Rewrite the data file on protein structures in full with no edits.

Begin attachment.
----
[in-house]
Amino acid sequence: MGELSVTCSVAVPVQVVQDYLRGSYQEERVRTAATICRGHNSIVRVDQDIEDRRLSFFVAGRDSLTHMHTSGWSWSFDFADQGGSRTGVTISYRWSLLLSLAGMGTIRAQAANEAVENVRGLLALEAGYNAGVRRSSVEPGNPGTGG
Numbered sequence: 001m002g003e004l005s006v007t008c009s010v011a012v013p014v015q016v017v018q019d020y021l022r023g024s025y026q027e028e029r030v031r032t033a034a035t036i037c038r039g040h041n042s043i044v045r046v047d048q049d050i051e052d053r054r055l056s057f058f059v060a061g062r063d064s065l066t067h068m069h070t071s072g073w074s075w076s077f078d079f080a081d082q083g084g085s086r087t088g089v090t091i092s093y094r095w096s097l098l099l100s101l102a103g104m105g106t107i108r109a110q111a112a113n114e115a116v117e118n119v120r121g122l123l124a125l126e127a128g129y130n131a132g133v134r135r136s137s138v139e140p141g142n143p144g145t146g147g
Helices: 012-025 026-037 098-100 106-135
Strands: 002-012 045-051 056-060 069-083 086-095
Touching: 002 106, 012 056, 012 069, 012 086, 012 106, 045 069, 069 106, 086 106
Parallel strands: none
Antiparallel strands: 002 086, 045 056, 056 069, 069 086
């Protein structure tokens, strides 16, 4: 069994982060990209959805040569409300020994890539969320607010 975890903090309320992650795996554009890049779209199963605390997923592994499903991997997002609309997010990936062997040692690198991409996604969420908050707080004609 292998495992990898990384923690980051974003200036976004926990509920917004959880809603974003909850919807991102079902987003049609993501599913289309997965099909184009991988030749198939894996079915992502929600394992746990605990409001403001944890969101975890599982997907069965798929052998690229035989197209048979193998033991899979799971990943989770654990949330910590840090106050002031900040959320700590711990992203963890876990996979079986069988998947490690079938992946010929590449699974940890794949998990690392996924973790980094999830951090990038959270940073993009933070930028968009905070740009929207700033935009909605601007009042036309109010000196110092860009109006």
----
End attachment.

[in-house]
Amino acid sequence: MGELSVTCSVAVPVQVVQDYLRGSYQEERVRTAATICRGHNSIVRVDQDIEDRRLSFFVAGRDSLTHMHTSGWSWSFDFADQGGSRTGVTISYRWSLLLSLAGMGTIRAQAANEAVENVRGLLALEAGYNAGVRRSSVEPGNPGTGG
Numbered sequence: 001m002g003e004l005s006v007t008c009s010v011a012v013p014v015q016v017v018q019d020y021l022r023g024s025y026q027e028e029r030v031r032t033a034a035t036i037c038r039g040h041n042s043i044v045r046v047d048q049d050i051e052d053r054r055l056s057f058f059v060a061g062r063d064s065l066t067h068m069h070t071s072g073w074s075w076s077f078d079f080a081d082q083g084g085s086r087t088g089v090t091i092s093y094r095w096s097l098l099l100s101l102a103g104m105g106t107i108r109a110q111a112a113n114e115a116v117e118n119v120r121g122l123l124a125l126e127a128g129y130n131a132g133v134r135r136s137s138v139e140p141g142n143p144g145t146g147g
Helices: 012-025 026-037 098-100 106-135
Strands: 002-012 045-051 056-060 069-083 086-095
Touching: 002 106, 012 056, 012 069, 012 086, 012 106, 045 069, 069 106, 086 106
Parallel strands: none
Antiparallel strands: 002 086, 045 056, 056 069, 069 086
């Protein structure tokens, strides 16, 4: 069994982060990209959805040569409300020994890539969320607010 975890903090309320992650795996554009890049779209199963605390997923592994499903991997997002609309997010990936062997040692690198991409996604969420908050707080004609 292998495992990898990384923690980051974003200036976004926990509920917004959880809603974003909850919807991102079902987003049609993501599913289309997965099909184009991988030749198939894996079915992502929600394992746990605990409001403001944890969101975890599982997907069965798929052998690229035989197209048979193998033991899979799971990943989770654990949330910590840090106050002031900040959320700590711990992203963890876990996979079986069988998947490690079938992946010929590449699974940890794949998990690392996924973790980094999830951090990038959270940073993009933070930028968009905070740009929207700033935009909605601007009042036309109010000196110092860009109006």